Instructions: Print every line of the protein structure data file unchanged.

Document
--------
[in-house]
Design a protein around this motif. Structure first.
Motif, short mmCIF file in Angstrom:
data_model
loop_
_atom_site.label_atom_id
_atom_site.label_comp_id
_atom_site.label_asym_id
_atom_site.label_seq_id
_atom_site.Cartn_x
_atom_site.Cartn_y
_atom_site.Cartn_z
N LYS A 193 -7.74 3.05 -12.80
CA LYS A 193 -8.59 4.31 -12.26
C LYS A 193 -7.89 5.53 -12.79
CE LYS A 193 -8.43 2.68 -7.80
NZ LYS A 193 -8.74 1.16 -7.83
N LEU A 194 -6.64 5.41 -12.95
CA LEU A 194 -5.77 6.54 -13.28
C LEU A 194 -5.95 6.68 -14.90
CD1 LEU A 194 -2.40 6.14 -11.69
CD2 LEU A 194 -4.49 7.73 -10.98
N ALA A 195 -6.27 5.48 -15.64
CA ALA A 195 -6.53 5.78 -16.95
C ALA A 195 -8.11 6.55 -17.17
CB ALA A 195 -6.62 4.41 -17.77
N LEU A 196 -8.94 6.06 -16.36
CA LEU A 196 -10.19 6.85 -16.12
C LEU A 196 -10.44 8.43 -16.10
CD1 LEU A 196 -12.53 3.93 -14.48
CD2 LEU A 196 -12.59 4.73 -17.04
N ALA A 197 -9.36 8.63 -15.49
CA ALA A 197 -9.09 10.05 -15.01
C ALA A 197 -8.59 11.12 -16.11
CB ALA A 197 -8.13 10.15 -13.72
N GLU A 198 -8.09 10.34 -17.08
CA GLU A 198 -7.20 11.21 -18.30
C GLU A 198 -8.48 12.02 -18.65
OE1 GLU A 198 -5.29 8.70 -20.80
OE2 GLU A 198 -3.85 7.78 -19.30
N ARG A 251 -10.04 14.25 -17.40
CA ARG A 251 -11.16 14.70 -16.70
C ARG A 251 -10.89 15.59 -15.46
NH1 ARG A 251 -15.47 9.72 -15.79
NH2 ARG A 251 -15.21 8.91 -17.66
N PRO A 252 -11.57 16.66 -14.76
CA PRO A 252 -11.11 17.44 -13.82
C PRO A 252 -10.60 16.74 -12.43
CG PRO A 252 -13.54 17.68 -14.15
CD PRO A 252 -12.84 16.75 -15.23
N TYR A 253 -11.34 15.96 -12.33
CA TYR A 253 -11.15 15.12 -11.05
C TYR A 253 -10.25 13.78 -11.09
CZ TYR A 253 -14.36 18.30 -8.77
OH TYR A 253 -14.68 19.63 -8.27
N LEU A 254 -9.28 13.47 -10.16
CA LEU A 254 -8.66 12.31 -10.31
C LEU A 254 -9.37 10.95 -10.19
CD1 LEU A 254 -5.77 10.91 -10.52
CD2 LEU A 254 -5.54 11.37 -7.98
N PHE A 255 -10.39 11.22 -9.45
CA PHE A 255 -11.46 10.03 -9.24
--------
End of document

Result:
[in-house]
Design a protein around this motif. Structure first.
Motif, short mmCIF file in Angstrom:
data_model
loop_
_atom_site.label_atom_id
_atom_site.label_comp_id
_atom_site.label_asym_id
_atom_site.label_seq_id
_atom_site.Cartn_x
_atom_site.Cartn_y
_atom_site.Cartn_z
N LYS A 193 -7.74 3.05 -12.80
CA LYS A 193 -8.59 4.31 -12.26
C LYS A 193 -7.89 5.53 -12.79
CE LYS A 193 -8.43 2.68 -7.80
NZ LYS A 193 -8.74 1.16 -7.83
N LEU A 194 -6.64 5.41 -12.95
CA LEU A 194 -5.77 6.54 -13.28
C LEU A 194 -5.95 6.68 -14.90
CD1 LEU A 194 -2.40 6.14 -11.69
CD2 LEU A 194 -4.49 7.73 -10.98
N ALA A 195 -6.27 5.48 -15.64
CA ALA A 195 -6.53 5.78 -16.95
C ALA A 195 -8.11 6.55 -17.17
CB ALA A 195 -6.62 4.41 -17.77
N LEU A 196 -8.94 6.06 -16.36
CA LEU A 196 -10.19 6.85 -16.12
C LEU A 196 -10.44 8.43 -16.10
CD1 LEU A 196 -12.53 3.93 -14.48
CD2 LEU A 196 -12.59 4.73 -17.04
N ALA A 197 -9.36 8.63 -15.49
CA ALA A 197 -9.09 10.05 -15.01
C ALA A 197 -8.59 11.12 -16.11
CB ALA A 197 -8.13 10.15 -13.72
N GLU A 198 -8.09 10.34 -17.08
CA GLU A 198 -7.20 11.21 -18.30
C GLU A 198 -8.48 12.02 -18.65
OE1 GLU A 198 -5.29 8.70 -20.80
OE2 GLU A 198 -3.85 7.78 -19.30
N ARG A 251 -10.04 14.25 -17.40
CA ARG A 251 -11.16 14.70 -16.70
C ARG A 251 -10.89 15.59 -15.46
NH1 ARG A 251 -15.47 9.72 -15.79
NH2 ARG A 251 -15.21 8.91 -17.66
N PRO A 252 -11.57 16.66 -14.76
CA PRO A 252 -11.11 17.44 -13.82
C PRO A 252 -10.60 16.74 -12.43
CG PRO A 252 -13.54 17.68 -14.15
CD PRO A 252 -12.84 16.75 -15.23
N TYR A 253 -11.34 15.96 -12.33
CA TYR A 253 -11.15 15.12 -11.05
C TYR A 253 -10.25 13.78 -11.09
CZ TYR A 253 -14.36 18.30 -8.77
OH TYR A 253 -14.68 19.63 -8.27
N LEU A 254 -9.28 13.47 -10.16
CA LEU A 254 -8.66 12.31 -10.31
C LEU A 254 -9.37 10.95 -10.19
CD1 LEU A 254 -5.77 10.91 -10.52
CD2 LEU A 254 -5.54 11.37 -7.98
N PHE A 255 -10.39 11.22 -9.45
CA PHE A 255 -11.46 10.03 -9.24